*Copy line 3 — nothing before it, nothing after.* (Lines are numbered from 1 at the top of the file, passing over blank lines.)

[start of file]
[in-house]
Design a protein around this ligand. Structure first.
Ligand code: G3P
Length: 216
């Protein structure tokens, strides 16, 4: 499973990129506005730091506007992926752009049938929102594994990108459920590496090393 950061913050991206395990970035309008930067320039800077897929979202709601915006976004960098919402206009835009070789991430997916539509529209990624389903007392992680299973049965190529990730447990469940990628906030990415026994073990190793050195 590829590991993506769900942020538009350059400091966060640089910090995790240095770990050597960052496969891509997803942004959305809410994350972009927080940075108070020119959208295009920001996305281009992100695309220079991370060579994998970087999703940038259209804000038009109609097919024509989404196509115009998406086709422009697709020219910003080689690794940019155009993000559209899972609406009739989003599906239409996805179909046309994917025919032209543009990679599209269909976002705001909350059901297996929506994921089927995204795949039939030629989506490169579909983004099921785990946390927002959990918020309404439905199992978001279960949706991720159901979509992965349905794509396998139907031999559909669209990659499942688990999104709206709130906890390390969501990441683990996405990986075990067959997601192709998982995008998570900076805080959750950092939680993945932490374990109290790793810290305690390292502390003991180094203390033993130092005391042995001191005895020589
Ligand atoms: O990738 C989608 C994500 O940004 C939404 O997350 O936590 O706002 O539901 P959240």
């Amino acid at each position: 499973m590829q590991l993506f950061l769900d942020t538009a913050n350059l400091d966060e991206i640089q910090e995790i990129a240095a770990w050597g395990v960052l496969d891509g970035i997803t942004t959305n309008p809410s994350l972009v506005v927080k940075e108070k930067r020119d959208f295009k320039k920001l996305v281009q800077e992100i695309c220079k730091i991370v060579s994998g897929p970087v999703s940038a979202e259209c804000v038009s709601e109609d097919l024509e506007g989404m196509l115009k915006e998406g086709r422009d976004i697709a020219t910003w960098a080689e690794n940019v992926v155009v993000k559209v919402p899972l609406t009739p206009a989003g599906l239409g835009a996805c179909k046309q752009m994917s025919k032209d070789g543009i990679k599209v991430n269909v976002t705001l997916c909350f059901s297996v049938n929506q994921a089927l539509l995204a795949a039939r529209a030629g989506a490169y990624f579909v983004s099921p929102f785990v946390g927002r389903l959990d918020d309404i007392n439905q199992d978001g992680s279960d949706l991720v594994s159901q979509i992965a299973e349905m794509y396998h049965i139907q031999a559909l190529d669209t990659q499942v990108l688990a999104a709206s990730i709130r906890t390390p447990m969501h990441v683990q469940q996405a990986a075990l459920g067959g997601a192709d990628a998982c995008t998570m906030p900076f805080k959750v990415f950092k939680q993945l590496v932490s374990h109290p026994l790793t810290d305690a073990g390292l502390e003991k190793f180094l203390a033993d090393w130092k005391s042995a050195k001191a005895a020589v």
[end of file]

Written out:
Ligand code: G3P